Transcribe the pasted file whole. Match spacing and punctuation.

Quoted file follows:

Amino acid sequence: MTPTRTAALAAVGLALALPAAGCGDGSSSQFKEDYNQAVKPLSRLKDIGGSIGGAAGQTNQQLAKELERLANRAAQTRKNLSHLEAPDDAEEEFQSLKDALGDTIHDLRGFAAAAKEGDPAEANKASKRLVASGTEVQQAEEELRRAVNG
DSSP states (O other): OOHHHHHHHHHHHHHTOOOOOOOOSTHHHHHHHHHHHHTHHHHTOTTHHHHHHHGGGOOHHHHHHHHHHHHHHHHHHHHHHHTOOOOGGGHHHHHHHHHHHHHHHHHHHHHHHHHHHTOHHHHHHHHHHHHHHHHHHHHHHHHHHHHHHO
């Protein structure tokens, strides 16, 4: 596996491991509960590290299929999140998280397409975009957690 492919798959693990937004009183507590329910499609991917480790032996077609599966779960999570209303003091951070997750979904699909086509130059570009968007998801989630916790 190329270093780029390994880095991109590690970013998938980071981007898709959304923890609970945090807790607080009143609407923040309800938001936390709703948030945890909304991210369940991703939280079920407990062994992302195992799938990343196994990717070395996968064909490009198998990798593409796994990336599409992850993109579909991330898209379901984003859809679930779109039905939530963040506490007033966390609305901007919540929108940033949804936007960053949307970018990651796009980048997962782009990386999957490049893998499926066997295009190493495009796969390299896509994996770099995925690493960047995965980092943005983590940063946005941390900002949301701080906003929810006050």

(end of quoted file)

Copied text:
Amino acid sequence: MTPTRTAALAAVGLALALPAAGCGDGSSSQFKEDYNQAVKPLSRLKDIGGSIGGAAGQTNQQLAKELERLANRAAQTRKNLSHLEAPDDAEEEFQSLKDALGDTIHDLRGFAAAAKEGDPAEANKASKRLVASGTEVQQAEEELRRAVNG
DSSP states (O other): OOHHHHHHHHHHHHHTOOOOOOOOSTHHHHHHHHHHHHTHHHHTOTTHHHHHHHGGGOOHHHHHHHHHHHHHHHHHHHHHHHTOOOOGGGHHHHHHHHHHHHHHHHHHHHHHHHHHHTOHHHHHHHHHHHHHHHHHHHHHHHHHHHHHHO
């Protein structure tokens, strides 16, 4: 596996491991509960590290299929999140998280397409975009957690 492919798959693990937004009183507590329910499609991917480790032996077609599966779960999570209303003091951070997750979904699909086509130059570009968007998801989630916790 190329270093780029390994880095991109590690970013998938980071981007898709959304923890609970945090807790607080009143609407923040309800938001936390709703948030945890909304991210369940991703939280079920407990062994992302195992799938990343196994990717070395996968064909490009198998990798593409796994990336599409992850993109579909991330898209379901984003859809679930779109039905939530963040506490007033966390609305901007919540929108940033949804936007960053949307970018990651796009980048997962782009990386999957490049893998499926066997295009190493495009796969390299896509994996770099995925690493960047995965980092943005983590940063946005941390900002949301701080906003929810006050």